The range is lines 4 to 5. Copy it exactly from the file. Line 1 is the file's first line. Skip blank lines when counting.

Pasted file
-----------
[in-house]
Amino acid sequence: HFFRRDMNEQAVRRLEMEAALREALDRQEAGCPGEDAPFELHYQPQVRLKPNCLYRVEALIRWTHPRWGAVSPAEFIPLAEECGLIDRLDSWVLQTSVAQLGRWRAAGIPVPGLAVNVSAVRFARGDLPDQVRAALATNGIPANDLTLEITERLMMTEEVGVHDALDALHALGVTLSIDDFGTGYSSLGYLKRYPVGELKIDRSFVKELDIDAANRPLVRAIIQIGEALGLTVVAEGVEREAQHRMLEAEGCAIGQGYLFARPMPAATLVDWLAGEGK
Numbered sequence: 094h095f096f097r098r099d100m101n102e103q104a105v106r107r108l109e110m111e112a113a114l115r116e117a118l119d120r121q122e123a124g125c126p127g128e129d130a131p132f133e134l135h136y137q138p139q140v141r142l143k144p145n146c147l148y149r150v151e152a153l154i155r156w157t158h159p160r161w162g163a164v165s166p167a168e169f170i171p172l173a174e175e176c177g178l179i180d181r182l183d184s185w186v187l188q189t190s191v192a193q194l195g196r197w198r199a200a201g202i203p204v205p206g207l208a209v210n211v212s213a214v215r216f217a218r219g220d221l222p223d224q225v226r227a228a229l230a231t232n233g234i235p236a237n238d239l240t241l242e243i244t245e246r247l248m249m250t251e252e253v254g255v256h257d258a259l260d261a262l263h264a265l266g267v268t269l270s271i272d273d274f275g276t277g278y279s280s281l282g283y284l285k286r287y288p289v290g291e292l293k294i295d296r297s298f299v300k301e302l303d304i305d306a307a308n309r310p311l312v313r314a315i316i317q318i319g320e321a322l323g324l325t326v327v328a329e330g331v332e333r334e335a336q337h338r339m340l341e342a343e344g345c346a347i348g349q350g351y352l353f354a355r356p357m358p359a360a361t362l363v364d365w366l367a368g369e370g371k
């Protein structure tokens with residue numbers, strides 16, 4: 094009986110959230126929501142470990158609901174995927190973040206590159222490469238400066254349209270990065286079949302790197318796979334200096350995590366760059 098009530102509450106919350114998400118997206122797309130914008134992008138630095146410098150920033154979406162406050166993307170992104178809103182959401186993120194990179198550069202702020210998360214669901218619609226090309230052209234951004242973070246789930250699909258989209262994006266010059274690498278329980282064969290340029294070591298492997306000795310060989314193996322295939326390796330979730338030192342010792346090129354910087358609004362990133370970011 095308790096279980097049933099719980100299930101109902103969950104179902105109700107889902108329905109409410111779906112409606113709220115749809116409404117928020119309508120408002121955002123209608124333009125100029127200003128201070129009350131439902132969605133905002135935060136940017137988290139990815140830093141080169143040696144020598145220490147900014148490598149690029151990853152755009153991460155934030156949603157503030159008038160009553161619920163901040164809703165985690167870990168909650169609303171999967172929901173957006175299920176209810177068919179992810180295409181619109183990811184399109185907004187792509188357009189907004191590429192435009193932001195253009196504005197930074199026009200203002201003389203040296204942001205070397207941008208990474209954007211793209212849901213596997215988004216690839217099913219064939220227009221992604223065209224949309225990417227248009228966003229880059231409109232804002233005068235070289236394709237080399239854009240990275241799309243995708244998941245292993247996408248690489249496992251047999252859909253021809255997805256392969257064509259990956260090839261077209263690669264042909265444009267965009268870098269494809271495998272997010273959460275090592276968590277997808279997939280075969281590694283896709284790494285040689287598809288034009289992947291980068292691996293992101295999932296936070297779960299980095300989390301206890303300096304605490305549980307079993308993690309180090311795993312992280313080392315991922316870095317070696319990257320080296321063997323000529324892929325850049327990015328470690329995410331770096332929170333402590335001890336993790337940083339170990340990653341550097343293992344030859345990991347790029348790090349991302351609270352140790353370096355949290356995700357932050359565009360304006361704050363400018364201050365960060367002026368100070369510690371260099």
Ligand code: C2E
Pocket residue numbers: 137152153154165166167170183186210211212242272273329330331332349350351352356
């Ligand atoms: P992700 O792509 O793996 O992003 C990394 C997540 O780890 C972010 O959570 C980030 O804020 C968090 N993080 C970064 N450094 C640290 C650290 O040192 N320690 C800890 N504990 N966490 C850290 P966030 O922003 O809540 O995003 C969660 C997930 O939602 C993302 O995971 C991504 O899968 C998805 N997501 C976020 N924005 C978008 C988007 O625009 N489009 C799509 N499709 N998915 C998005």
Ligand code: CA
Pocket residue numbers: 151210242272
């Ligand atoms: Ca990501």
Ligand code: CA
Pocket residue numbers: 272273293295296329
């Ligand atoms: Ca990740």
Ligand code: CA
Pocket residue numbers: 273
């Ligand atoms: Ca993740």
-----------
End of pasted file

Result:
């Protein structure tokens with residue numbers, strides 16, 4: 094009986110959230126929501142470990158609901174995927190973040206590159222490469238400066254349209270990065286079949302790197318796979334200096350995590366760059 098009530102509450106919350114998400118997206122797309130914008134992008138630095146410098150920033154979406162406050166993307170992104178809103182959401186993120194990179198550069202702020210998360214669901218619609226090309230052209234951004242973070246789930250699909258989209262994006266010059274690498278329980282064969290340029294070591298492997306000795310060989314193996322295939326390796330979730338030192342010792346090129354910087358609004362990133370970011 095308790096279980097049933099719980100299930101109902103969950104179902105109700107889902108329905109409410111779906112409606113709220115749809116409404117928020119309508120408002121955002123209608124333009125100029127200003128201070129009350131439902132969605133905002135935060136940017137988290139990815140830093141080169143040696144020598145220490147900014148490598149690029151990853152755009153991460155934030156949603157503030159008038160009553161619920163901040164809703165985690167870990168909650169609303171999967172929901173957006175299920176209810177068919179992810180295409181619109183990811184399109185907004187792509188357009189907004191590429192435009193932001195253009196504005197930074199026009200203002201003389203040296204942001205070397207941008208990474209954007211793209212849901213596997215988004216690839217099913219064939220227009221992604223065209224949309225990417227248009228966003229880059231409109232804002233005068235070289236394709237080399239854009240990275241799309243995708244998941245292993247996408248690489249496992251047999252859909253021809255997805256392969257064509259990956260090839261077209263690669264042909265444009267965009268870098269494809271495998272997010273959460275090592276968590277997808279997939280075969281590694283896709284790494285040689287598809288034009289992947291980068292691996293992101295999932296936070297779960299980095300989390301206890303300096304605490305549980307079993308993690309180090311795993312992280313080392315991922316870095317070696319990257320080296321063997323000529324892929325850049327990015328470690329995410331770096332929170333402590335001890336993790337940083339170990340990653341550097343293992344030859345990991347790029348790090349991302351609270352140790353370096355949290356995700357932050359565009360304006361704050363400018364201050365960060367002026368100070369510690371260099």
Ligand code: C2E